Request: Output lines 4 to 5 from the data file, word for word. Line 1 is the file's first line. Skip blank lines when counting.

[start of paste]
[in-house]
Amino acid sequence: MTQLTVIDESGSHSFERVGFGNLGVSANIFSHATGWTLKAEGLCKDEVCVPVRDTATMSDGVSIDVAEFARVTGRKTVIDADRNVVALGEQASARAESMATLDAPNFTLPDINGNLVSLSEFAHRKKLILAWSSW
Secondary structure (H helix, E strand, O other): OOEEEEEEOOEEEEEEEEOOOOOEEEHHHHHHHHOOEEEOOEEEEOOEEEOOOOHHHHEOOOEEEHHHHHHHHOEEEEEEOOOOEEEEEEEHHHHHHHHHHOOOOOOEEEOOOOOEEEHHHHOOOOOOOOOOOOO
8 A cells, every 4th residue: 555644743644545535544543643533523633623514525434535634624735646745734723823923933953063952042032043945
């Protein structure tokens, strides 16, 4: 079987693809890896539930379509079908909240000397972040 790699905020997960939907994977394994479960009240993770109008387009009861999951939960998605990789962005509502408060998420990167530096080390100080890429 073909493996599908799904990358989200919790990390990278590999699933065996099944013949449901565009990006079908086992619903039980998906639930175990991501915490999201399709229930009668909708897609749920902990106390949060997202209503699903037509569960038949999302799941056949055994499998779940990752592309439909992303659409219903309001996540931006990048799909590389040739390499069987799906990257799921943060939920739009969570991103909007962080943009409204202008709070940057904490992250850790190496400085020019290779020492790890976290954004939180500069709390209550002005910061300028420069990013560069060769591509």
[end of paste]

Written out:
8 A cells, every 4th residue: 555644743644545535544543643533523633623514525434535634624735646745734723823923933953063952042032043945
């Protein structure tokens, strides 16, 4: 079987693809890896539930379509079908909240000397972040 790699905020997960939907994977394994479960009240993770109008387009009861999951939960998605990789962005509502408060998420990167530096080390100080890429 073909493996599908799904990358989200919790990390990278590999699933065996099944013949449901565009990006079908086992619903039980998906639930175990991501915490999201399709229930009668909708897609749920902990106390949060997202209503699903037509569960038949999302799941056949055994499998779940990752592309439909992303659409219903309001996540931006990048799909590389040739390499069987799906990257799921943060939920739009969570991103909007962080943009409204202008709070940057904490992250850790190496400085020019290779020492790890976290954004939180500069709390209550002005910061300028420069990013560069060769591509």